Undergraduate Researcher Shersingh’s SURGE Experience

Congratulations to visiting undergraduate researcher Shersingh Joseph Tumber-Davila on completing and thriving in the demanding eight-week Summer Undergraduate Research in Geoscience and Engineering (SURGE) program! Shersingh came to the Welander lab with a strong background in environmental research (news article) from his home institution of the University of New Hampshire. SURGE is a competitive earth science research and graduate school preparation program, which is specifically designed to recruit students of diverse backgrounds from other universities across the country. I was amazed at the number of activities the program had for the students including GRE test preparation, faculty seminars, career and grad school panels, and field trips. This was all while performing graduate-level research including a oral and poster presentation at the end of the program. Shersingh approached all these demands with amazing energy and attitude, which we’d really like acknowledge!

SURGE student Shersingh
SURGE student Shersingh

In Shersingh’s research, he asked whether microbe-mediated hydrogen (H2) uptake support C mineralization in soils. Soils are a strong sink for atmospheric H2, which is presumably used by soil microorganisms to fuel their energy metabolism. In addition, emissions of H2 have grown since the industrial revolution, so the availability of H2 energy to soil microbes likely also increased. Shersingh tested the influence of excess H2 on the ability of soil microbes to mineralize soil carbon for a variety of carbon substrates, especially those that can be energy intensive (e.g., lignin and lignocellulose). He used Streptomyces ghanaensis as a model organism containing high affinity hydrogenase (H2 uptake) and laccase (lignin breakdown) genes. By measuring carbon dioxide respiration rates and intermediate products involved in the breakdown of lignin and lignocellulose, we found evidence for increased breakdown of lignocellulose (straw) with elevated levels of H2. This may point to a  link between the H2 and C biogeochemical cycles in soils that will be interesting to pursue further. This project is in collaboration with Stanford postdoc Marco Keiluweit who specializes in soil carbon cycling.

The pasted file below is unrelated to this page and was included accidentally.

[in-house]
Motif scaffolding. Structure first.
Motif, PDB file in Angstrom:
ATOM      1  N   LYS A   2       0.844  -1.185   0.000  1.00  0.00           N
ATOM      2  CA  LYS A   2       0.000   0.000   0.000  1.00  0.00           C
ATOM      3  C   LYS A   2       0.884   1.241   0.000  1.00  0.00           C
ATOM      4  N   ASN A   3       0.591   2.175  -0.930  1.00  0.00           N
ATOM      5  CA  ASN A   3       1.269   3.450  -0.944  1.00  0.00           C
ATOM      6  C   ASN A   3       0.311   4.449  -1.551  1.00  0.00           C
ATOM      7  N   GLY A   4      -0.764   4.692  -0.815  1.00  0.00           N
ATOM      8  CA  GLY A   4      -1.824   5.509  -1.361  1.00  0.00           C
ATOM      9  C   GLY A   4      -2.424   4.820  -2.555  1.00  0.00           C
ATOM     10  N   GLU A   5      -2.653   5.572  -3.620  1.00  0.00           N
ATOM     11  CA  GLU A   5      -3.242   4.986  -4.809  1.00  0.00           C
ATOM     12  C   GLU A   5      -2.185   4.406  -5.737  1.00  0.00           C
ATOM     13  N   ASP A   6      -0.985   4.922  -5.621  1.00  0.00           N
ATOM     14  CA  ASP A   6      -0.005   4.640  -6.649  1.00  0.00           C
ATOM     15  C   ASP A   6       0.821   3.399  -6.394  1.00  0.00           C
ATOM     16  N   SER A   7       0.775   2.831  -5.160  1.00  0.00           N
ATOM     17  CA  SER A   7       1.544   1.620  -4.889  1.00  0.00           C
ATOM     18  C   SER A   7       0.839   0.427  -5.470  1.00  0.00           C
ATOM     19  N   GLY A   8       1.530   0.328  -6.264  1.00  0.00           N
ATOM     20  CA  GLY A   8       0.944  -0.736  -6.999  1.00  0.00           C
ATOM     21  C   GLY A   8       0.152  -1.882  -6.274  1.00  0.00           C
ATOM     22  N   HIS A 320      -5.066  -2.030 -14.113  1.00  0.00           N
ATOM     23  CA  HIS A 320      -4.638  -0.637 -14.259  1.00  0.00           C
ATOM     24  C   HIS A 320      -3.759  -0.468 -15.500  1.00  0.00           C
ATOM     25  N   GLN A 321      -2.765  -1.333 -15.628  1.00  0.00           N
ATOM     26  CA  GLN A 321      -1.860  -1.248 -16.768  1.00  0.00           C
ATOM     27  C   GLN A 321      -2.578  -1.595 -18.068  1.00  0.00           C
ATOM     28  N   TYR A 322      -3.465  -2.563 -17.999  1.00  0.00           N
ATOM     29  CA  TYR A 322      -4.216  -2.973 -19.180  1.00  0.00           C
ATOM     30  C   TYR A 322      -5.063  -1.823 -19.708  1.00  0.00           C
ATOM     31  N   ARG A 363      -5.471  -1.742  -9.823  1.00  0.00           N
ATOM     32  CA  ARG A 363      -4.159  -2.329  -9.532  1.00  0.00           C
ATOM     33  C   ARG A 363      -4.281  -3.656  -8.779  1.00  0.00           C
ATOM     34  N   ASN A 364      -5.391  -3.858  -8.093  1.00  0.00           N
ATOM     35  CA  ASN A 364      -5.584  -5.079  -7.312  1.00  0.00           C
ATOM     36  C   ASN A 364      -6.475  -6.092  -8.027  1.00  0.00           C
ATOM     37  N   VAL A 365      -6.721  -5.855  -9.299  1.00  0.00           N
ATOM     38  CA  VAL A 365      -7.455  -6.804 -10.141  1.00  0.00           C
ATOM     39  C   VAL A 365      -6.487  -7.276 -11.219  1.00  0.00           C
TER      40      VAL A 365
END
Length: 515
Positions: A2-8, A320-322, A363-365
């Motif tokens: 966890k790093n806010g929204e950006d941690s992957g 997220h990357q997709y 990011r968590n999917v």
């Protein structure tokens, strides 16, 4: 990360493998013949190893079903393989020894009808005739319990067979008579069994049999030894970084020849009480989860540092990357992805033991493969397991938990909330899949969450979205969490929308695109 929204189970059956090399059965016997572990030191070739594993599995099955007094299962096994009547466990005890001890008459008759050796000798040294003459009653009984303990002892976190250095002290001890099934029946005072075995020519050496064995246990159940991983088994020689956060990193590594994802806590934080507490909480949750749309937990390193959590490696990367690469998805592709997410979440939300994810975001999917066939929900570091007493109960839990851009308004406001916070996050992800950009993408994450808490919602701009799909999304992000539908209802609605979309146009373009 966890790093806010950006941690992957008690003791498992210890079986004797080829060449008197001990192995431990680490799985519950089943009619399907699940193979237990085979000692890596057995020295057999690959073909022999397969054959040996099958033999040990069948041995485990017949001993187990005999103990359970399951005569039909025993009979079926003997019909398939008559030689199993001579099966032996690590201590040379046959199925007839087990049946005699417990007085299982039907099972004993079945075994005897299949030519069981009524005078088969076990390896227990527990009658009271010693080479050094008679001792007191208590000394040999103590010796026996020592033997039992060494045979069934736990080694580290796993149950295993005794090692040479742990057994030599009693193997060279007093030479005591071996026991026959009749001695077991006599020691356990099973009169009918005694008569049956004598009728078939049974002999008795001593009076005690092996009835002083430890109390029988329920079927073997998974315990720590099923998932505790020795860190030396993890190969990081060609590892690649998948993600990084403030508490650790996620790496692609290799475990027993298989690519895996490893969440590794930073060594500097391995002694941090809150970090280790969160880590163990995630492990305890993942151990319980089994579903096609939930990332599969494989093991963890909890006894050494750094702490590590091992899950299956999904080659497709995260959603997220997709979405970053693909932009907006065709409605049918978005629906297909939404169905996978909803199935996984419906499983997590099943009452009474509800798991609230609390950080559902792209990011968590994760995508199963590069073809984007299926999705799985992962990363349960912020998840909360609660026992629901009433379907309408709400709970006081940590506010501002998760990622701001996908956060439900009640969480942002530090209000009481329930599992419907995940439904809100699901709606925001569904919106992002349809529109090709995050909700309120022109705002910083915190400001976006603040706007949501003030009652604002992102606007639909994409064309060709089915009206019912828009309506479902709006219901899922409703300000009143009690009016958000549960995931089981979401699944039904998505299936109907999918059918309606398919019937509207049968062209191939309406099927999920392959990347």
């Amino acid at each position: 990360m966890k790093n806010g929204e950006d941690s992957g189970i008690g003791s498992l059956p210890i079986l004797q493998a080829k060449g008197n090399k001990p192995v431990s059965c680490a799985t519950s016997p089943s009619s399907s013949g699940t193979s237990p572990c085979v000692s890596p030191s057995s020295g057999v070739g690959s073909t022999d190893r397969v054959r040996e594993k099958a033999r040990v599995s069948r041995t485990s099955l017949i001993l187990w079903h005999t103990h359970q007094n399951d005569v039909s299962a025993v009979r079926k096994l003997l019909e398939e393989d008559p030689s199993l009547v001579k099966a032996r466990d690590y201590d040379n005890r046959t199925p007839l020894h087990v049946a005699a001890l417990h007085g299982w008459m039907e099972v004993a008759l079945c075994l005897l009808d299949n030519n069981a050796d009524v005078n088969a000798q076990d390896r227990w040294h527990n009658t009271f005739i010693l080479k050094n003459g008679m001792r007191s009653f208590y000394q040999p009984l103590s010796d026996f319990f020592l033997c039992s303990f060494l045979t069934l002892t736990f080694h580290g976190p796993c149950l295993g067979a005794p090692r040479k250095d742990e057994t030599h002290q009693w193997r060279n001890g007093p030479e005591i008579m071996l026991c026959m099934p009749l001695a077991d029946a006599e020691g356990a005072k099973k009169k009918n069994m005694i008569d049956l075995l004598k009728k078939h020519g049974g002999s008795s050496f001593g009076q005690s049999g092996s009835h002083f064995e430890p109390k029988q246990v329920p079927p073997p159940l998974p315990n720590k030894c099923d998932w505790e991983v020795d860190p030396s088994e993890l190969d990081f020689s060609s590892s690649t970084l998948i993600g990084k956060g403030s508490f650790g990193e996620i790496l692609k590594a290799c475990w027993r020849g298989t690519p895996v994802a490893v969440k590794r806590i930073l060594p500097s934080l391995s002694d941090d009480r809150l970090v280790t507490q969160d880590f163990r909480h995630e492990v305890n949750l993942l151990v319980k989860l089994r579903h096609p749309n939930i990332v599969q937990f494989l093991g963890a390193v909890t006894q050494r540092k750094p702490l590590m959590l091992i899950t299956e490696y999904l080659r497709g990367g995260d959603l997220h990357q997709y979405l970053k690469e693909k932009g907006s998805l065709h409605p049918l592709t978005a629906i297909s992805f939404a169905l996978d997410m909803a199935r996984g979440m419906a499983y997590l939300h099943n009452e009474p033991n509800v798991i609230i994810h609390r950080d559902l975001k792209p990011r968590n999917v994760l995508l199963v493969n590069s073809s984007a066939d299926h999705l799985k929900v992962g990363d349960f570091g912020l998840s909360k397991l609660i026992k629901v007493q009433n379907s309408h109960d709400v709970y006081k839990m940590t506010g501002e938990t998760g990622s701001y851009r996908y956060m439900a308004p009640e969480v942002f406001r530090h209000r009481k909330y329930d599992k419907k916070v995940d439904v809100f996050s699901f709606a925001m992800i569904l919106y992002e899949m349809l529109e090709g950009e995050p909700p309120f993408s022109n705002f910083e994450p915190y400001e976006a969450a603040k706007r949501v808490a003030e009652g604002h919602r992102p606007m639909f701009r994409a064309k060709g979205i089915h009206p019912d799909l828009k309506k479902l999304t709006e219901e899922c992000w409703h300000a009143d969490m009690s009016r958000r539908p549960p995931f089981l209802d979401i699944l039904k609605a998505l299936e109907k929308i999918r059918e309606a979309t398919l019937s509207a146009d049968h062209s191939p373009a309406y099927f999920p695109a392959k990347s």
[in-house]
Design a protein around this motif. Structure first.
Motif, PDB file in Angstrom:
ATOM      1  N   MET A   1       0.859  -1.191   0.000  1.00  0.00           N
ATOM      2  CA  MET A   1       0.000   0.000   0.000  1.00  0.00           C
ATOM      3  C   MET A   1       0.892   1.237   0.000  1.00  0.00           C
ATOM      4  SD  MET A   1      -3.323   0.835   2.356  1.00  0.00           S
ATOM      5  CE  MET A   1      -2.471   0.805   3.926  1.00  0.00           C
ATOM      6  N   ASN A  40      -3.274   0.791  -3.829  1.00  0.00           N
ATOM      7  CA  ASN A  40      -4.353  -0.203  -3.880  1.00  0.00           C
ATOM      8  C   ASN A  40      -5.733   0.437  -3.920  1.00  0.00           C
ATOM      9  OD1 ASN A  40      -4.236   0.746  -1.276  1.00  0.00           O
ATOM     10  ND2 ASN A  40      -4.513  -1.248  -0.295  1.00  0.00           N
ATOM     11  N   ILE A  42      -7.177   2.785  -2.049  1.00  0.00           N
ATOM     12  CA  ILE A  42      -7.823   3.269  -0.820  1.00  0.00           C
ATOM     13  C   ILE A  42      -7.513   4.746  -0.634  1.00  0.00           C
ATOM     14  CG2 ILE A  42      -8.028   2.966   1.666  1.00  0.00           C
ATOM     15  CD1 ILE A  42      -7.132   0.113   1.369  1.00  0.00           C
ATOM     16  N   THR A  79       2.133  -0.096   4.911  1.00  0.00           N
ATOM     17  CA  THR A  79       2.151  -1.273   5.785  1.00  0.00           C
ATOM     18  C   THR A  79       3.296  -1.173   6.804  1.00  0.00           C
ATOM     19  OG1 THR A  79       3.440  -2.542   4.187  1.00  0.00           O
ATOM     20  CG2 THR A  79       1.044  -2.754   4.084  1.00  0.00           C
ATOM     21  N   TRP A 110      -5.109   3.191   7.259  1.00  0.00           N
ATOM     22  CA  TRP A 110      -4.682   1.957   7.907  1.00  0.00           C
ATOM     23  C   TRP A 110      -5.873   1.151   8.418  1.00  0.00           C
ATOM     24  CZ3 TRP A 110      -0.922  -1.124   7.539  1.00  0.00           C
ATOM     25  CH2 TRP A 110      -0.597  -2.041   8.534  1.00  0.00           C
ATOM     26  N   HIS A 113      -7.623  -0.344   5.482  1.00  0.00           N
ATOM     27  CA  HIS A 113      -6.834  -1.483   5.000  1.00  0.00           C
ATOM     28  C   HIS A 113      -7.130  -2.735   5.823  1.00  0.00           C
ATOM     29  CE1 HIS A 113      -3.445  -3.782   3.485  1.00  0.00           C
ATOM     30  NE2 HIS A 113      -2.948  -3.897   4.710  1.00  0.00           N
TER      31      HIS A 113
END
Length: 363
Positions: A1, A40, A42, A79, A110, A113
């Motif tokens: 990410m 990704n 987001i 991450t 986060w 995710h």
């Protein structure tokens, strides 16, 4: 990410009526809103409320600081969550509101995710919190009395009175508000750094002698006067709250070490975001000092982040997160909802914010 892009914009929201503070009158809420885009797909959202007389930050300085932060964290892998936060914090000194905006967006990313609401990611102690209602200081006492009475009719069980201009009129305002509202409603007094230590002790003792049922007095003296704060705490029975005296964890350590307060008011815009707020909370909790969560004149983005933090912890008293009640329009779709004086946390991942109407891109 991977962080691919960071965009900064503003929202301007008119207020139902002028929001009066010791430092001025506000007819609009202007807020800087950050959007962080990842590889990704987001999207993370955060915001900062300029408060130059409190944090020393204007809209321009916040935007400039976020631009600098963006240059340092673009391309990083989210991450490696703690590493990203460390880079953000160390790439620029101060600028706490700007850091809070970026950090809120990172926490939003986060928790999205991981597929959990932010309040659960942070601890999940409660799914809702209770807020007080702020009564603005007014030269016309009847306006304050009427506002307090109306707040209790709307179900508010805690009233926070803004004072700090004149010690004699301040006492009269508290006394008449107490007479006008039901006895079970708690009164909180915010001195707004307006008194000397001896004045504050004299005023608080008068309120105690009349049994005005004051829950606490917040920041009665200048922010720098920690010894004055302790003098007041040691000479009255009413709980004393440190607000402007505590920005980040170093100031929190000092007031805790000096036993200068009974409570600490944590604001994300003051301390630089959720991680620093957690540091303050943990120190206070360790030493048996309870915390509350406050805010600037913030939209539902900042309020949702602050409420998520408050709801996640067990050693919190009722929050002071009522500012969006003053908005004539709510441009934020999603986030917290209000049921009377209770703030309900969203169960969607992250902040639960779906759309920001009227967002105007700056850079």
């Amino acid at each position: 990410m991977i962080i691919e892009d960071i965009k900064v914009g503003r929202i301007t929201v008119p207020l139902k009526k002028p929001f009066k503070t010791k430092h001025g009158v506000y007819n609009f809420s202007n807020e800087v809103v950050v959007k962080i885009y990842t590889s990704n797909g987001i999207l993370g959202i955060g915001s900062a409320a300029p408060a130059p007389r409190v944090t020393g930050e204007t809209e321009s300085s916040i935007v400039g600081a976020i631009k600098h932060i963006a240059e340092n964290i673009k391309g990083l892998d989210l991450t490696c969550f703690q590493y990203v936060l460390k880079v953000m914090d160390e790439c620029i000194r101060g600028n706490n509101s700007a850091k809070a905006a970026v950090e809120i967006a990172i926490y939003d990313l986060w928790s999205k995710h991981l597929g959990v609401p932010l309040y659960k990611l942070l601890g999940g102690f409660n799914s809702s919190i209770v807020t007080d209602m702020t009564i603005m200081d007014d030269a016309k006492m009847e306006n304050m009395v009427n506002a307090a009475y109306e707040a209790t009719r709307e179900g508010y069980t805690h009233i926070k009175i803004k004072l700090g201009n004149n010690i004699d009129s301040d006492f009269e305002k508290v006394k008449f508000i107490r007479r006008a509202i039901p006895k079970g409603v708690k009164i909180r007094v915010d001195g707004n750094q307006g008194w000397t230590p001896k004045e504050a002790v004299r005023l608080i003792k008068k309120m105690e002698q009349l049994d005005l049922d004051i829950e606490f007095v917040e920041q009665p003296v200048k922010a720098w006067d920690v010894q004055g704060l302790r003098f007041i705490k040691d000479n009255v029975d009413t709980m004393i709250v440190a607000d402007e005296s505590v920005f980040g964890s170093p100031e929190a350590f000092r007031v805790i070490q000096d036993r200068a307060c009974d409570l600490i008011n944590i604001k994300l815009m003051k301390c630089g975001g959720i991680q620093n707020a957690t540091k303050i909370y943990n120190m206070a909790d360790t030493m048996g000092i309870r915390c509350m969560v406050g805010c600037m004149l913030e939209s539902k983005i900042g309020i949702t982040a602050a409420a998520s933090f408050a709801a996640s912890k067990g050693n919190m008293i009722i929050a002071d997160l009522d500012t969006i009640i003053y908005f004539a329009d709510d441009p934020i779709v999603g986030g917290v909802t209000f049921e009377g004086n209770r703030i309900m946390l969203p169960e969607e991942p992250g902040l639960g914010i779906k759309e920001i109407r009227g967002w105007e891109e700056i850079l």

Thesis Defense!

I defended my thesis entitled “Field Measurement of the Fate of Atmospheric H2 in a Forest Environment: from Canopy to Soil”.

I was honored to receive the 2012 Carl-Gustaf Rossby Prize for my thesis  (link to .pdf).

It was an incredible feeling to defend. I really enjoyed preparing and giving my thesis defense presentation. It’s not often that one gets to present the culmination of six years of hard work and personal development to colleagues, family, and friends. I am grateful for mentorship from my advisor Ron Prinn, my thesis committee (Steve Wofsy – Harvard, Bill Munger – Harvard, Tanja Bosak – MIT, Colleen Hansel – WHOI, Shuhei Ono – MIT), and many others along the way!

I survived the AGU 2011 Fall meeting

I just returned to Boston after the six weeks of travelling. My two weeks in California, filled with conferences and colleagues, was quite different from the intensive and somewhat isolated period spent in India.

Presenting my poster at AGU – one of 12,000+ posters

First stop was San Diego, where I attended the 44th Meeting of Advanced Global  Atmospheric Gases Experiment (AGAGE) Scientists and Cooperating Networks at the Scripps Institute of Oceanography in La Jolla. Anita Ganesan’s instrument in Darjeeling may pave the way for the first AGAGE site in India, so the crowd was eager to hear her describe our success in deploying her instrument. Her dedicated and diligent work is paying off as she is collecting some of the first high precision direct greenhouse gas measurements in India.

I gave a talk at the AGAGE meeting on my recent work on the flux of H2, CO2 and COS between the soil and atmosphere at Harvard Forest. I focus on the persistence of soil-atmosphere exchange of trace gases across snowpack, which insulates the soil microbial community from freezing air temperatures while allowing trace gases  to diffuse through the porous snow matrix. I’m interested in how strongly the biogeochemical cycling continues throughout the winter and in comparing the behavior of the different cycles in the low temperature ‘incubator’ beneath the snow. Continue reading “I survived the AGU 2011 Fall meeting”